Monday, September 13, 2010

Looking at Imperfections

In the midst of the most solemn ten days of the Jewish calendar--the time between Rosh Hashana and Yom Kippur, when only fervent prayers, giving charity and repentance can affect God's plan for us over the coming year--newspapers remind us that most everybody else is still obsessed with the superficial and mundane.  Like whether space between front teeth is the latest rage in sexy looks.

OK, that and New York's Fashion Week, which seems to be just as important as politics, natural disasters and financial crises.

But the front page story in the Wall Street Journal about gap-toothed models being the new fad because their frontal lapse gives them "authenticity" did bring a close-mouthed smirk.  How about the authenticity of really yellow teeth?  Or the authenticity of wrinkles?  "I think people want to see something different, something off," said a casting director choosing models for designers. The editor of W Magazine said younger generations eschew the photoshopped perfection of the digital age: "It's a love for the imperfect and the authentic," he opined.

The article goes on to talk about various models and celebrities with spaces between their front teeth--most of whom are otherwise perfect.  Admittedly, embracing dental abnormalities consoles me, since my parents could not afford orthodontia, and, though my front incisors are solidly together, my lower teeth are staggered and my canines only fashionable with the popularity of Twilight.

With snaggle-teeth trendy, I can now focus on less apparent but more serious imperfections.  Like recalling and righting the many affronts and missteps in my behavior over the past year.  Like incorporating more uplifting and giving activities in my daily routine; not just promising to do them and conveniently allowing other "urgent" events to intervene.  Like developing discipline so that I maximize productivity instead of succumbing to easy and undemanding stuff, like internet browsing and email.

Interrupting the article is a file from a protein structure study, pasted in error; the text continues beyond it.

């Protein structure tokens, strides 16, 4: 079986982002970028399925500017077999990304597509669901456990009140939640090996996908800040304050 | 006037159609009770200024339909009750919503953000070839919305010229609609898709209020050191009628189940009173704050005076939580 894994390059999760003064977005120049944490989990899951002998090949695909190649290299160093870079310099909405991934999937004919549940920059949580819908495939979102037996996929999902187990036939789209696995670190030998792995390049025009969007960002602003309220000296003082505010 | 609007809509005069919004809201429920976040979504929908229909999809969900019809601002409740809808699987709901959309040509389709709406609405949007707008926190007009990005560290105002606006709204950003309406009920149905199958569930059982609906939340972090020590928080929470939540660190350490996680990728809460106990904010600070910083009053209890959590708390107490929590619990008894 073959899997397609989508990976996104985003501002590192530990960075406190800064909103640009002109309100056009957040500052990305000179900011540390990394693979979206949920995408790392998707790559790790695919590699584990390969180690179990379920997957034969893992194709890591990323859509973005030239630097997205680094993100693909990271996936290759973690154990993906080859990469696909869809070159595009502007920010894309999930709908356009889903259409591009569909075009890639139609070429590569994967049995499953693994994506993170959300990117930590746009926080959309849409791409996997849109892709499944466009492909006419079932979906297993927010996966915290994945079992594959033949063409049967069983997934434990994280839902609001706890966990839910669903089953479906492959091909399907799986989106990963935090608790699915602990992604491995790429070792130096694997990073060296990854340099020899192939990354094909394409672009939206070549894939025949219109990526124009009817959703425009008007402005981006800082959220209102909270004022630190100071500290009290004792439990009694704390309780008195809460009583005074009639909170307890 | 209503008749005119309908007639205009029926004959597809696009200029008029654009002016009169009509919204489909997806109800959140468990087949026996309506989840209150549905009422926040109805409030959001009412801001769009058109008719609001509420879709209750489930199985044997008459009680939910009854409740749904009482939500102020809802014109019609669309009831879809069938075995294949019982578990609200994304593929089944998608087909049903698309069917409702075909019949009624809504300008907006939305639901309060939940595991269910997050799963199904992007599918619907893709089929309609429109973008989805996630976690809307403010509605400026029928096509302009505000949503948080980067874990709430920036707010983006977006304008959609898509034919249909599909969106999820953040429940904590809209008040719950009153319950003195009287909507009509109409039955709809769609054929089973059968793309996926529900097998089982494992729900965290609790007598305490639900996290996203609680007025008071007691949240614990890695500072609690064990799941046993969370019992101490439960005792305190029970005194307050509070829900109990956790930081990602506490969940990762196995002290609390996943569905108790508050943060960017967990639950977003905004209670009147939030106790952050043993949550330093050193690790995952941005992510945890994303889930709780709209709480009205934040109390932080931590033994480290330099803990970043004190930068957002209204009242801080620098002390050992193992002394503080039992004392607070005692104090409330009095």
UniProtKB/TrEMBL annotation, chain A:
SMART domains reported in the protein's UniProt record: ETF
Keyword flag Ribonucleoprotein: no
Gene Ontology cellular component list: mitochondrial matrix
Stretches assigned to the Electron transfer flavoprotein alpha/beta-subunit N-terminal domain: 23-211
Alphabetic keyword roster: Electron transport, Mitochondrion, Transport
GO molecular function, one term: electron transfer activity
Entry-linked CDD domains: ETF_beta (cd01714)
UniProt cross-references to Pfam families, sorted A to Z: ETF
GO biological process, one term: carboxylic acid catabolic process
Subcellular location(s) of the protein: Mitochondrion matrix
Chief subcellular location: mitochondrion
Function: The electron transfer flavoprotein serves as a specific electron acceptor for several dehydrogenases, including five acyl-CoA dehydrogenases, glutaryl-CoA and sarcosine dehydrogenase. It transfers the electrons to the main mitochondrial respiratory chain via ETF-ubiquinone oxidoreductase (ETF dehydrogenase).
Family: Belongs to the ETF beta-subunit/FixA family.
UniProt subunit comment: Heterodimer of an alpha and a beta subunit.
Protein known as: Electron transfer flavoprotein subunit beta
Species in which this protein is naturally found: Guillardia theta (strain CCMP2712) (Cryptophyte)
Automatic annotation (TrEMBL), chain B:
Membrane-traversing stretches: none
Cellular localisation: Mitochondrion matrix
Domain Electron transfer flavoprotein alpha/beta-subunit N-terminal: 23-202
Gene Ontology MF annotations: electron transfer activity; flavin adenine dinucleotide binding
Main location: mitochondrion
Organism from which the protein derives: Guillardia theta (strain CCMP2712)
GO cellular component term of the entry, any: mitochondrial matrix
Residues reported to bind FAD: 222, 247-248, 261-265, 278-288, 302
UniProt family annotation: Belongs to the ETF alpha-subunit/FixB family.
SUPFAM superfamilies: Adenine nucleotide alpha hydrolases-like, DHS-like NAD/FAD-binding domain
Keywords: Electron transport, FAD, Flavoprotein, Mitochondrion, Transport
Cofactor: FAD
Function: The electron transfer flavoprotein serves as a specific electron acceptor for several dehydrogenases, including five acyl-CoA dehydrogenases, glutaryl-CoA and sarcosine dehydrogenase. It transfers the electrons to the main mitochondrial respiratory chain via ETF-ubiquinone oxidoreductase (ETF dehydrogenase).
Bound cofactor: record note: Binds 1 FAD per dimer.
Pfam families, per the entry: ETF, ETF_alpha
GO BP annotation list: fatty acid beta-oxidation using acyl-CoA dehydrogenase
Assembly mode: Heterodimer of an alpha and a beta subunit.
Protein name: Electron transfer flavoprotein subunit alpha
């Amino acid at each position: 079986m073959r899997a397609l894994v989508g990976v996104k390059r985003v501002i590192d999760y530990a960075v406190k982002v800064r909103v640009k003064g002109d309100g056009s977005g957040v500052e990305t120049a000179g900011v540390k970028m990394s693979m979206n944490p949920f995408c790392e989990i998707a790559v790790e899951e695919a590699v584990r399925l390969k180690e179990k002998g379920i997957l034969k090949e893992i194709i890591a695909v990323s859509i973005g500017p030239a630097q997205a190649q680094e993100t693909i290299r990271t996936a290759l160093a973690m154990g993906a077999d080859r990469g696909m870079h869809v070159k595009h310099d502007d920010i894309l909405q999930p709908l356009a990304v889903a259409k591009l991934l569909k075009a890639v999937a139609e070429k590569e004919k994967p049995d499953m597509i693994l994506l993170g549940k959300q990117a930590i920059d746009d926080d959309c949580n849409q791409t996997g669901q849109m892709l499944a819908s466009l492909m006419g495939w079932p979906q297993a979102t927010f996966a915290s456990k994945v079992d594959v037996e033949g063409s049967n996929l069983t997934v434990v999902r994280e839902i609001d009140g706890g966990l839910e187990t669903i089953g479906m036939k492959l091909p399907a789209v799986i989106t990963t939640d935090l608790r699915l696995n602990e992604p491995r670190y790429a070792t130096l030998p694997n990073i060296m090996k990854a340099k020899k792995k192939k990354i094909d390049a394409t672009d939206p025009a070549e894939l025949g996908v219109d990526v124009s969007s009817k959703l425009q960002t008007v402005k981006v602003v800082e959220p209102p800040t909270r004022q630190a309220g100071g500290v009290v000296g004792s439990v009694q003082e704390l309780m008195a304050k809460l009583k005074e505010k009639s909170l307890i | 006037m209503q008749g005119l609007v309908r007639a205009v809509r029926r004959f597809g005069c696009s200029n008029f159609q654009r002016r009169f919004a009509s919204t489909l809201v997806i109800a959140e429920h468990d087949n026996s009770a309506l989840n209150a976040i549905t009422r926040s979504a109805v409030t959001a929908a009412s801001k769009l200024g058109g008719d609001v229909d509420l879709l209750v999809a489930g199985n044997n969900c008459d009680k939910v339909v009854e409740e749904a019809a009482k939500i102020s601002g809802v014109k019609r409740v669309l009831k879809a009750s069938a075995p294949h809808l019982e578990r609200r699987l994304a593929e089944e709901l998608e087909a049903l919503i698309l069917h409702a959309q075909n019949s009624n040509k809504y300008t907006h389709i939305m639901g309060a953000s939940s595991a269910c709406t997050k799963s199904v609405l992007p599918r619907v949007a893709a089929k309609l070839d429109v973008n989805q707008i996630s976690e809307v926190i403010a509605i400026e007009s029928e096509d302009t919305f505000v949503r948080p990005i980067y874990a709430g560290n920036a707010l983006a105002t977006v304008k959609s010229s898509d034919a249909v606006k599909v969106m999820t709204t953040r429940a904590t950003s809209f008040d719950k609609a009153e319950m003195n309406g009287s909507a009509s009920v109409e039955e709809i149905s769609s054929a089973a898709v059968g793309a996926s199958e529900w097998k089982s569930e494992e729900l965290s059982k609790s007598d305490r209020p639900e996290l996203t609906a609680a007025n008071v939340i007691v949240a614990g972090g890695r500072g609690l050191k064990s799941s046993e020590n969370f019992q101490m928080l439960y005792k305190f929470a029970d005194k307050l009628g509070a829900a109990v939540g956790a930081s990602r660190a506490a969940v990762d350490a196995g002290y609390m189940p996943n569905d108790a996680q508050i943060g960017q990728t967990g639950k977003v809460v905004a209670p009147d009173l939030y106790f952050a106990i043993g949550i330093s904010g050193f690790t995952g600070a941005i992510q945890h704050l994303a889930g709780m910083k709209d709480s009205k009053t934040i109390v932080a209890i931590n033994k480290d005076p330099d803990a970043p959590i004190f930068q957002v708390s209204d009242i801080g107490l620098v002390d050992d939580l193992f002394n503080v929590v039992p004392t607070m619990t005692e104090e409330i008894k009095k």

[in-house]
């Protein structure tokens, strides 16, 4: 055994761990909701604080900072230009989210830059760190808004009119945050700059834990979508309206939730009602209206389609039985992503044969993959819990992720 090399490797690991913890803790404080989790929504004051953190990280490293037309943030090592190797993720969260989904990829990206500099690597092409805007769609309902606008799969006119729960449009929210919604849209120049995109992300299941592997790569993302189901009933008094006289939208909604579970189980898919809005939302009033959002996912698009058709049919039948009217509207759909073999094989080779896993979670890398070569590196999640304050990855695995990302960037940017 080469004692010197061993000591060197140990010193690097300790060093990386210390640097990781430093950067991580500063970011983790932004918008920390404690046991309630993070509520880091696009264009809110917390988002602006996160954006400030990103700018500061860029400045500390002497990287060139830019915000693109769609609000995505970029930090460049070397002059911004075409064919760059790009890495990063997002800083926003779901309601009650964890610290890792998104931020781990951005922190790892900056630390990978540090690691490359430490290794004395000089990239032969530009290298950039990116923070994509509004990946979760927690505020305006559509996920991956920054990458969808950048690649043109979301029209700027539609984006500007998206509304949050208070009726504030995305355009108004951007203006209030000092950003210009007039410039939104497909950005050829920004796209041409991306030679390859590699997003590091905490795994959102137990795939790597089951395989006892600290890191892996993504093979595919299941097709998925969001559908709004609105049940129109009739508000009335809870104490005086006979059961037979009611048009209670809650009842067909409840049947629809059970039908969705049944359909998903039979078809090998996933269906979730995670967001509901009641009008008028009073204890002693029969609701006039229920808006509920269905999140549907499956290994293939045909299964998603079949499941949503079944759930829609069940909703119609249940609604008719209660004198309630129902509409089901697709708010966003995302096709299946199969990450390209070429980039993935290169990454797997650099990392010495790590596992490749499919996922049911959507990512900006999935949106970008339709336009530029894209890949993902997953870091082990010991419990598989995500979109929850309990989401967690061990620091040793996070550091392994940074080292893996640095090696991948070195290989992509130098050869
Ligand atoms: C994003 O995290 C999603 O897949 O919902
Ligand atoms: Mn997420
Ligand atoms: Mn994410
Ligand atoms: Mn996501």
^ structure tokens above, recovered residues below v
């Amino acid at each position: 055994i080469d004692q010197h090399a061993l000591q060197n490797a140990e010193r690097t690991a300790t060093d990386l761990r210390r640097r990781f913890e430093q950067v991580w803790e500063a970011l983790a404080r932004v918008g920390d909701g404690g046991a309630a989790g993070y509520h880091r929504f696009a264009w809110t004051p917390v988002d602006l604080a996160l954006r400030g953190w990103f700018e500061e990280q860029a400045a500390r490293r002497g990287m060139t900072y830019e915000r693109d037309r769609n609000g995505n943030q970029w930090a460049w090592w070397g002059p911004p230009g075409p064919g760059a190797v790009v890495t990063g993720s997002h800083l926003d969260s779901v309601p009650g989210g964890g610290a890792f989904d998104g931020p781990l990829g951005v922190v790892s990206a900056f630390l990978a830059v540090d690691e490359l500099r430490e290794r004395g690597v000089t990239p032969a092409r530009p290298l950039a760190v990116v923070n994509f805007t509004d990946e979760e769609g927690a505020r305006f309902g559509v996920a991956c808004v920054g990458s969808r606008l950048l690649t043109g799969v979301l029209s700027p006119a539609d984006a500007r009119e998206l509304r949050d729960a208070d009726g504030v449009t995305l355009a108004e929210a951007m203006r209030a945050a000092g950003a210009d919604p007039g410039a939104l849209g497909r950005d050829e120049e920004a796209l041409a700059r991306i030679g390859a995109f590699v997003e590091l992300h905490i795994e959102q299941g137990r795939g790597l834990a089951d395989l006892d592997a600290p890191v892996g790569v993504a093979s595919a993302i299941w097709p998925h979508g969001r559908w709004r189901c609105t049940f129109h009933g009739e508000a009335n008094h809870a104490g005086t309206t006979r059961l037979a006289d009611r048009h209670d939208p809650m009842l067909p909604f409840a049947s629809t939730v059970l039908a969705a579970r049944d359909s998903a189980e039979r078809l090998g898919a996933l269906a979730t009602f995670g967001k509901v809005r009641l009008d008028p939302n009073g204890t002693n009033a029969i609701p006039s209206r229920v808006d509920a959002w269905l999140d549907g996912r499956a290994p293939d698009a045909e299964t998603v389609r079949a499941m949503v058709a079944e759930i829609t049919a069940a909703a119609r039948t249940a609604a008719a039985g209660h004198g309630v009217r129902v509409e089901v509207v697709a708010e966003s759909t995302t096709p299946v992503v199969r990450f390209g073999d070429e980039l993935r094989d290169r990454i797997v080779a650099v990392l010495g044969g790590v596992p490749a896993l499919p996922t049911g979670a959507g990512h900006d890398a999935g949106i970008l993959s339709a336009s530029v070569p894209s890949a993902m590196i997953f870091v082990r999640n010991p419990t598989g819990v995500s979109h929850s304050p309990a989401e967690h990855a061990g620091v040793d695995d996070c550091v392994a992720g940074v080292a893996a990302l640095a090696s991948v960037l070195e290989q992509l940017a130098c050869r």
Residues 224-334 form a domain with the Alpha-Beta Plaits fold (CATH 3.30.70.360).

Models' smile-styles and the Ten Days of Repentance form the ideal juxtaposition. Makes me grin--gap-teeth or no.


  1. Great post...!

    If a lesson can be drawn from the article, it is perhaps that yes, we are all imperfect. But there's another aspect of looking at our imperfections:

    Jessica Hart, a 24-year-old Australian model, used to oblige when clients asked her to wear a prosthetic insert to cover up her wide gap. But as she gets more work because of her teeth, not in spite of them, she refuses to cover it up. "If [clients] don't like my gap, I don't want to work for them," she says.

    There's something to be said for showing our imperfections, and certainly, some imperfections are more than ok: It does not reflect on a person negatively to have gap teeth, or even to have certain characteristics or aspects of personality. (My wife likes to say similar to Dr. Seuss on being one's self - the people who care don't matter and the people who matter don't care.) On the flip side, should there be imperfections one wishes to 'cover up', that is quite often a sign of a trait that perhaps should be worked on, rather than covered up.

    We should all wish to put our whole selves forward at all times - and when there are pieces which we don't like and don't wish to put forward, that is where we should be concentrating our efforts to improve ourselves. It's easy to try and avoid this by hiding pieces of ourselves and putting forth a 'perfect' face, but nobody is perfect, and we only end up hurting ourselves by not working on what we need to.

    Thanks for the reminder, and g'mar chasima tova to your family!! :)

  2. You're a wise man, Ezzie.

    I might add, though, that we view many types of transgressions done privately less harshly than those same sins done publicly, where they can influence others and lower the caliber of a group/neighborhood/nation. You made a great related point that when one wants to cover up a trait/act, that's a sign it may need to be confronted or eliminated.

    Still, we all wish to be as perfect and beautiful and loved as possible; I'm conflicted over whether that's a bad thing. I don't like wearing makeup, but on the other hand would rather cover up a zit; I think I look healthier not pasty-white, so I use Jergen's moisturizer that includes a little self-tanner. Is it less "authentic" and perhaps deceptive to wear an uncomfortable suit to the office rather than the sweats that are the "real you," to enhance your credibility?

    Perhaps one of the tasks of life is differentiating our motives and the level of significance of our choices.

    Thanks, Ezzie for your thought-provoking comment.

  3. Oh, absolutely agreed - someone talked over Yom Tov about how people have different customs over these 10 days vs. the rest of the year. The question is: Why? Are we trying to 'fake out' God? They answered that no - we are simply trying to put our best foot forward, by showing our potential: Look, we really can work on ourselves, we can improve. So of course, covering a pimple or the like is fine; we just should be careful to still take care of ourselves and not only cover it up, hoping nobody can see.